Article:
History of Kanawha Lodge #25

Before the Beginning (December 28, 1848 - December 5, 1865)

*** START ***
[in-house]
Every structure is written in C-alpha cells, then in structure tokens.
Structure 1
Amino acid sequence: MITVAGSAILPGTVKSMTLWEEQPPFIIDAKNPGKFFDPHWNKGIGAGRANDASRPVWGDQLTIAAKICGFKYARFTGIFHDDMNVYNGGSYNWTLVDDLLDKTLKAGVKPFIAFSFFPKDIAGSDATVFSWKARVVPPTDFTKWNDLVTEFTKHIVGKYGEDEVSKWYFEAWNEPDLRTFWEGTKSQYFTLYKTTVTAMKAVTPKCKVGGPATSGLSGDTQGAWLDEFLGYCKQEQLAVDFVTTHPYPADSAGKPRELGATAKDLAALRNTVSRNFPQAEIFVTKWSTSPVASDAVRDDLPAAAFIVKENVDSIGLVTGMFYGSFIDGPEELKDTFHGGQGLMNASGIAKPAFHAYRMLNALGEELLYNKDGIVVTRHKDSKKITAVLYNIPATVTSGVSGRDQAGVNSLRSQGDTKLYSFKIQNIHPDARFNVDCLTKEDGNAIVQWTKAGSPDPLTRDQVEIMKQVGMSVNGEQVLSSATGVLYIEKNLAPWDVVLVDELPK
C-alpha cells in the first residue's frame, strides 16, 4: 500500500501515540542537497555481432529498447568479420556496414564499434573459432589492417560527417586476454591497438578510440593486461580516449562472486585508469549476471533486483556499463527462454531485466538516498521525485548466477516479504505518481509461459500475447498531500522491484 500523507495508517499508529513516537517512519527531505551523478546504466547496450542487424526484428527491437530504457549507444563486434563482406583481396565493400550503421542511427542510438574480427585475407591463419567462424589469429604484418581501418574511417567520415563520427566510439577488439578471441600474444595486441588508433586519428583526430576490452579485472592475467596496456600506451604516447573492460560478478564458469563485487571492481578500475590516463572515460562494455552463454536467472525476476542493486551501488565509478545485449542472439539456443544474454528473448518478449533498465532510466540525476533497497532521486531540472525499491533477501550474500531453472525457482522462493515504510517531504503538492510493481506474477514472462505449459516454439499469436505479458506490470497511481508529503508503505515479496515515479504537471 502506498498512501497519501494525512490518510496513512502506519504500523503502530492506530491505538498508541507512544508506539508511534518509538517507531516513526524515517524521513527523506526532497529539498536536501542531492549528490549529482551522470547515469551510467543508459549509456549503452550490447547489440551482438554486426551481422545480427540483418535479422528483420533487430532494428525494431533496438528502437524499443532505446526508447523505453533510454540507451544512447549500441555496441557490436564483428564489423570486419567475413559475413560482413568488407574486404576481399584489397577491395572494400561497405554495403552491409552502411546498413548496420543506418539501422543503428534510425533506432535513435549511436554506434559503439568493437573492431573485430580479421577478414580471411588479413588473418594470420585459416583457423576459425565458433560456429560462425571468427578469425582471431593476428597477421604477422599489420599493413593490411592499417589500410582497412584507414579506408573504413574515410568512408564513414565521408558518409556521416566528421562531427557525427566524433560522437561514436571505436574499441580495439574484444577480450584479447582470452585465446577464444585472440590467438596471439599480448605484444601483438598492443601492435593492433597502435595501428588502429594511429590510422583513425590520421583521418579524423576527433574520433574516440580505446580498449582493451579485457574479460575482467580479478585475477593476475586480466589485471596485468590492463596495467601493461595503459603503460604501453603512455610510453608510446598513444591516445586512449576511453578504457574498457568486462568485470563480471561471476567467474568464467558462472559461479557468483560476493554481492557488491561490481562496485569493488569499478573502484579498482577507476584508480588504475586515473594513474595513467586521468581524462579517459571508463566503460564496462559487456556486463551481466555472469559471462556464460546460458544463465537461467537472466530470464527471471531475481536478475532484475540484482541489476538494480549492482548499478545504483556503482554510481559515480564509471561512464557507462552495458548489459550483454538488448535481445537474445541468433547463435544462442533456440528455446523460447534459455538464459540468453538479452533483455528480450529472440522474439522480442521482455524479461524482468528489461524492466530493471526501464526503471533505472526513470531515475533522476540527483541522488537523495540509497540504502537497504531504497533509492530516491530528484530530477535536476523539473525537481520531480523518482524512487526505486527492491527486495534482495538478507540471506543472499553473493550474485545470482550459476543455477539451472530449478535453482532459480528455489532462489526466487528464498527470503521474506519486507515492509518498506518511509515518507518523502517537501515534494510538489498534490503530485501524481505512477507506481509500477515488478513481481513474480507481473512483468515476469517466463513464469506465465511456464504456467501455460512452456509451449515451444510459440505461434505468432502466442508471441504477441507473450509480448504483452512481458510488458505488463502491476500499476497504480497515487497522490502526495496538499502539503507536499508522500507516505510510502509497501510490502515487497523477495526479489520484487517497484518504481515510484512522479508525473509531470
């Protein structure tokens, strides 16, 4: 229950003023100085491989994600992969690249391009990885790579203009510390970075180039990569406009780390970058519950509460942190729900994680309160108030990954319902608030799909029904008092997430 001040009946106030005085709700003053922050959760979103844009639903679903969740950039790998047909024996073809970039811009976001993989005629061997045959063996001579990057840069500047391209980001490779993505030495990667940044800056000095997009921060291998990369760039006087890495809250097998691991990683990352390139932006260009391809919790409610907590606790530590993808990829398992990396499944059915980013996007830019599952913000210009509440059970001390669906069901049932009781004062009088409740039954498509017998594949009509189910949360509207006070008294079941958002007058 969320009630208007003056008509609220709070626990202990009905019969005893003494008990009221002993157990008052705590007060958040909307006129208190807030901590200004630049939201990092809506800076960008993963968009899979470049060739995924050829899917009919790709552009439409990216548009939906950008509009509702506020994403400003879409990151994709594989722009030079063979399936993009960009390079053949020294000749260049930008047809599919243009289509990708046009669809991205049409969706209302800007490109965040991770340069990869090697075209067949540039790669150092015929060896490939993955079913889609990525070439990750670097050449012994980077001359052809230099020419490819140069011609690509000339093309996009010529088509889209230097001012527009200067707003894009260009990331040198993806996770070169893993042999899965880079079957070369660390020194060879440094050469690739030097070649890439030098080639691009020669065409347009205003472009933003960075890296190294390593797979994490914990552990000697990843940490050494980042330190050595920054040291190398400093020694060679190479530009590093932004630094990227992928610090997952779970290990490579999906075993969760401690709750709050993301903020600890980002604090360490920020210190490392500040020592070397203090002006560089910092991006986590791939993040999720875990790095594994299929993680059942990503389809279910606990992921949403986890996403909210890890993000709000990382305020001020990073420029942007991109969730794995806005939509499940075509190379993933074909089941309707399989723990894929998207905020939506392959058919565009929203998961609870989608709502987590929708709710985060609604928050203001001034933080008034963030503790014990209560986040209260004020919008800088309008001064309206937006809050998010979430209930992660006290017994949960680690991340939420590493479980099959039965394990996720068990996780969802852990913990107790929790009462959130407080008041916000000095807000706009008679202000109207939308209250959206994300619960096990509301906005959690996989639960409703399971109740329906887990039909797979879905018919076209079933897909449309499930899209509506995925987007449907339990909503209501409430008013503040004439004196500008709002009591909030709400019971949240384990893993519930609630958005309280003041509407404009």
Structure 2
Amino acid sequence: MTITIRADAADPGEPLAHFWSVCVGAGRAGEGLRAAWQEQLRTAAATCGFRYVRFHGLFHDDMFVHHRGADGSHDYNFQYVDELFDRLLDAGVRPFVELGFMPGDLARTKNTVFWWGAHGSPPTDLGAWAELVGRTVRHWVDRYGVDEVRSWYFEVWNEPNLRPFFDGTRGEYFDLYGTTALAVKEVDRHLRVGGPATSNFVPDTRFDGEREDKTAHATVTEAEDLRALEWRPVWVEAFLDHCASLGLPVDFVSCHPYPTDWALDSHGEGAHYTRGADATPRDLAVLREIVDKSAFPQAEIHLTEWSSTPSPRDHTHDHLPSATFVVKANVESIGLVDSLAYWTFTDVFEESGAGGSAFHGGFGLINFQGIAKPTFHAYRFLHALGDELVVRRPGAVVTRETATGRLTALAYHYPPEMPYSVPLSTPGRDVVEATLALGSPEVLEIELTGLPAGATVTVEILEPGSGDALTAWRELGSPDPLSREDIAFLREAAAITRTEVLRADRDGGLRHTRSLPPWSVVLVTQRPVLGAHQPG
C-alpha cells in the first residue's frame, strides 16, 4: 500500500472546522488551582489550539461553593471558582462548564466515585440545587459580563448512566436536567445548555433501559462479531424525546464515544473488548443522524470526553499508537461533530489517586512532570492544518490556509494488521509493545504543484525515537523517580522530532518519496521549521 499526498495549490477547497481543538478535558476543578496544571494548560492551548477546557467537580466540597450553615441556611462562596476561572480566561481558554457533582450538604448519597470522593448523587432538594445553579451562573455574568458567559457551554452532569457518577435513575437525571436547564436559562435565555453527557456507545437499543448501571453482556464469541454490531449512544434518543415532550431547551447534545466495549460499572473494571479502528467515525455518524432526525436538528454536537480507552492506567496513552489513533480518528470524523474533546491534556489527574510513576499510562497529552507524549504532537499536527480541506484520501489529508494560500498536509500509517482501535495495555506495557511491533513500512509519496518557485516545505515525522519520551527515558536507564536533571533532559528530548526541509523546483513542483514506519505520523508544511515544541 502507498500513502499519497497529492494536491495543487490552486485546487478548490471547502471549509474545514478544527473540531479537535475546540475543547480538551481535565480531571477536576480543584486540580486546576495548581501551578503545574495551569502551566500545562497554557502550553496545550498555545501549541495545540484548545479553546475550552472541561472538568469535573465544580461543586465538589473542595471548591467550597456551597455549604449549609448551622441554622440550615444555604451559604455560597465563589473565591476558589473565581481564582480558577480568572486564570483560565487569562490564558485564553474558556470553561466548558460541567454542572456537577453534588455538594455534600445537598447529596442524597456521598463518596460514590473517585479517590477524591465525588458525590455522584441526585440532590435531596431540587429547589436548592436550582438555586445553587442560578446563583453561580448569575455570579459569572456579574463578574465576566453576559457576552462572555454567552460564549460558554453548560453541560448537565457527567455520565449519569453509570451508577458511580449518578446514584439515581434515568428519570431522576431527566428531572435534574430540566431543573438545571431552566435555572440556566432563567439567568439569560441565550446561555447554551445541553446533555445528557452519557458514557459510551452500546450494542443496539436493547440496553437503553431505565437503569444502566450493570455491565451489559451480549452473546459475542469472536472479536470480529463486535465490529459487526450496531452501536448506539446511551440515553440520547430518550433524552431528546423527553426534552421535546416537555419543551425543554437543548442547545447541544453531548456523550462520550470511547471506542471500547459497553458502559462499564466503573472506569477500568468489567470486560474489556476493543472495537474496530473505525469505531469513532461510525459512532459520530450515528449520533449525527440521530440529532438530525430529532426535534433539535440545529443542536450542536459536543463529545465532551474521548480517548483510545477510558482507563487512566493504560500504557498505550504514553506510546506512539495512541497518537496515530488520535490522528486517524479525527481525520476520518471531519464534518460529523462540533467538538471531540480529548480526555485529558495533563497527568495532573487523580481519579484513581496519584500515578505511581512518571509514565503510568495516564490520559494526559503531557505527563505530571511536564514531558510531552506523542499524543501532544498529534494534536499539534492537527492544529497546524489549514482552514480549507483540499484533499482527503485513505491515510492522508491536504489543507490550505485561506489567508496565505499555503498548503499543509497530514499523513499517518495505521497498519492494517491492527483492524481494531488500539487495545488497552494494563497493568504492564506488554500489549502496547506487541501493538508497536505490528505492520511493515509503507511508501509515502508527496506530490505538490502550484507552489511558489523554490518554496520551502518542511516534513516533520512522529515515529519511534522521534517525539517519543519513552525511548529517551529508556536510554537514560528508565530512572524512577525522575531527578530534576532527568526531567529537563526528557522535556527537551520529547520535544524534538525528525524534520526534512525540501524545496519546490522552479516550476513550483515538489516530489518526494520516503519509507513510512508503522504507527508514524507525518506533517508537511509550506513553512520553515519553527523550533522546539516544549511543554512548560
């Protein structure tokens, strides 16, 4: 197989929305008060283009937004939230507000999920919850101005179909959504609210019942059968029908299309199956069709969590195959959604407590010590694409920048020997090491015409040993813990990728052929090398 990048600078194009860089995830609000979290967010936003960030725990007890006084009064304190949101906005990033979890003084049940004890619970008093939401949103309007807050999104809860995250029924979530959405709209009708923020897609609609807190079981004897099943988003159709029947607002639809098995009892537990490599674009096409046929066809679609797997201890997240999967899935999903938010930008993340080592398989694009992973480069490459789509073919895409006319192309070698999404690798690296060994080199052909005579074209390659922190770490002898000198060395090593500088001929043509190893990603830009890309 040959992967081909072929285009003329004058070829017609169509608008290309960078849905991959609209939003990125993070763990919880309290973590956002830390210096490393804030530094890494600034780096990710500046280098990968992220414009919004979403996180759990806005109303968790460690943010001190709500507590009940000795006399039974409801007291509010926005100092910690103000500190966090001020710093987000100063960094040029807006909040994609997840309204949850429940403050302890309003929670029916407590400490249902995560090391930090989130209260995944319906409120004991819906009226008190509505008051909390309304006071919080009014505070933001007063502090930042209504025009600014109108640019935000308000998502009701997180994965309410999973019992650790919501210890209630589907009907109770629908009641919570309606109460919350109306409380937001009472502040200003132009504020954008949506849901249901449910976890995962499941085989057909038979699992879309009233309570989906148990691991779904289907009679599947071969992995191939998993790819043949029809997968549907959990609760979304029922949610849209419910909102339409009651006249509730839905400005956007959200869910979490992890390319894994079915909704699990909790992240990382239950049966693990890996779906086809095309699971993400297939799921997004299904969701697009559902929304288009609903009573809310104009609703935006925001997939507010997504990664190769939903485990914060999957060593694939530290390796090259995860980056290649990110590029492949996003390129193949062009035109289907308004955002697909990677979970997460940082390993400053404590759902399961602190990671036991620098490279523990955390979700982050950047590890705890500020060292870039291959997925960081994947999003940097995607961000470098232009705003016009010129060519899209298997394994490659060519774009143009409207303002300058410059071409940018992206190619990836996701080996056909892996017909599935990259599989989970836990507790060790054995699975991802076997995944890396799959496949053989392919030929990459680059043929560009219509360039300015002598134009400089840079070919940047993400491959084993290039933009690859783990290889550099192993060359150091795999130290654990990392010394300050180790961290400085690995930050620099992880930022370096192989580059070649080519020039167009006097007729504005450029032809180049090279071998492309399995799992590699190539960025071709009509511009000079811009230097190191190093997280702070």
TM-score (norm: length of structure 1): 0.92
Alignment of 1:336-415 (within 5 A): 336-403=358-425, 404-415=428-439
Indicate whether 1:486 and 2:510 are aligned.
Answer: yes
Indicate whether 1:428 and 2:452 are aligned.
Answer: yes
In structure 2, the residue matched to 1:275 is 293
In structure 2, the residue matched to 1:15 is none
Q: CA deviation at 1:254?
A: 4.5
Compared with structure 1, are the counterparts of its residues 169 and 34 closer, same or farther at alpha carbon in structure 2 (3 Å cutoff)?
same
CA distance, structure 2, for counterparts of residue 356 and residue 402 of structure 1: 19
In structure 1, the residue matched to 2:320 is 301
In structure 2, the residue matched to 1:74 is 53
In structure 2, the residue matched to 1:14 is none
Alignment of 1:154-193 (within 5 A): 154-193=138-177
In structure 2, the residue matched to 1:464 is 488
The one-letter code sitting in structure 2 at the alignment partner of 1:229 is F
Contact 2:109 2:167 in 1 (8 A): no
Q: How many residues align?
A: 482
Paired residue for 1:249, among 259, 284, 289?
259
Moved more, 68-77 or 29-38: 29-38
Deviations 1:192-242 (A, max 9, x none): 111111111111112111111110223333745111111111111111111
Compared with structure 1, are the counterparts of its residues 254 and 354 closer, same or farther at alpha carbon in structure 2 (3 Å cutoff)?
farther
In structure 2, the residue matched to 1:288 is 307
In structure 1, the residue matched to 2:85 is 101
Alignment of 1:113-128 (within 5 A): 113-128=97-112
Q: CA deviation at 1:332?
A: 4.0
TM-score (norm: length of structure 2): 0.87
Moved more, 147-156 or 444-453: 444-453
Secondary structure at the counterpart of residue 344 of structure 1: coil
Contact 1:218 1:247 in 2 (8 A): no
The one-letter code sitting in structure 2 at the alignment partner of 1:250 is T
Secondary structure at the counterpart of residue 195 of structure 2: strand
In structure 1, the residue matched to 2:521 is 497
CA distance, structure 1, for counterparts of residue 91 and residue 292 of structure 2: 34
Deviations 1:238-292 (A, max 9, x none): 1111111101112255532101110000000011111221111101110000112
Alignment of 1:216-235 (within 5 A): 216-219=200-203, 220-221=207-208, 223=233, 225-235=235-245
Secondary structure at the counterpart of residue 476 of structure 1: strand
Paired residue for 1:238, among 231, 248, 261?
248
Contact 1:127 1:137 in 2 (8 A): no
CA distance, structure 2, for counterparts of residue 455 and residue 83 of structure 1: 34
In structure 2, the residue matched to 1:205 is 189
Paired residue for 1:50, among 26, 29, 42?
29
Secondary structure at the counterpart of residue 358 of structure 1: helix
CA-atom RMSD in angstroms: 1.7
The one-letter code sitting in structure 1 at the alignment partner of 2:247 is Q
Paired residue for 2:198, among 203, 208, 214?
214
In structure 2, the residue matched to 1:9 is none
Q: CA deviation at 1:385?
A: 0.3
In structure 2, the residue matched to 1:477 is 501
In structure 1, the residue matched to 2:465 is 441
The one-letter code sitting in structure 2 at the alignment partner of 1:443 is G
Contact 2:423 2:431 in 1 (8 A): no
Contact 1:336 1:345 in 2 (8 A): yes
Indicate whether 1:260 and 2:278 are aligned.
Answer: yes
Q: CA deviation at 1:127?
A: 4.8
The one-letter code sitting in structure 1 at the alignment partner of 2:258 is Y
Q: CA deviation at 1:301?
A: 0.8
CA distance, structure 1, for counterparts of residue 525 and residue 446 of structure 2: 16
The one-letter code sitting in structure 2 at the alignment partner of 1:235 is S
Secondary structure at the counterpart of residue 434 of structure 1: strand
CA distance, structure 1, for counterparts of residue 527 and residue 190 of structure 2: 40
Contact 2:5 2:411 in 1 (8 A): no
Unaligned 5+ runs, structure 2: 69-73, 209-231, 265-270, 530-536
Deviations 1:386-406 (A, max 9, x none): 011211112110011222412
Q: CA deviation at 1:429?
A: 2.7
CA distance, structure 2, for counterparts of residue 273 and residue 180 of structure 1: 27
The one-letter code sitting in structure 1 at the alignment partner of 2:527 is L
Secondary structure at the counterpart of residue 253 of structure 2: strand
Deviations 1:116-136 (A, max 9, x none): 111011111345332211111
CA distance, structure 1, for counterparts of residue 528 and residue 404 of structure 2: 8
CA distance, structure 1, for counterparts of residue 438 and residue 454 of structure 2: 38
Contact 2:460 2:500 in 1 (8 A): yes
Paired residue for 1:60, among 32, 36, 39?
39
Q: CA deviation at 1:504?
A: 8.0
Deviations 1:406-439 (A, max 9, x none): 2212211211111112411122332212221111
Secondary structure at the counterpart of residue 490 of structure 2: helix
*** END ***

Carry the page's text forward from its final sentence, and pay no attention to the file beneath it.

Odd Fellowship in Charleston existed before the creation of West Virginia. In 1847, an effort to open an Odd Fellows lodge in Charleston began and those who were already Odd Fellows through lodges further away began to meet and prepare to petition for a charter. Kanawha Lodge #73 officially opened on December 28, 1848 with John Hamilton presiding and 39 members. On March 17, 1851, the Virginia legislature enacted a bill authorizing Kanawha Lodge to sell bond certificates as a way to raise funds to buy property and build a lodge hall. The lodge sent its first representative to the Grand Lodge of Virginia session held in Richmond, VA on April 11, 1853 and was subsequently granted a new charter that December. The first representative was David H. Estill. The lodge was last represented at the sessions of the Grand Lodge of Virginia on April 10, 1861 at the session held in Wheeling. The last representative was Virginous Kendrick. With the Civil War begun, Kanawha Lodge did not send a representative to the 1862 session of the Grand Lodge of Virginia and was declared delinquent. The lodge itself split over the question of the war and meetings ceased during the conflict.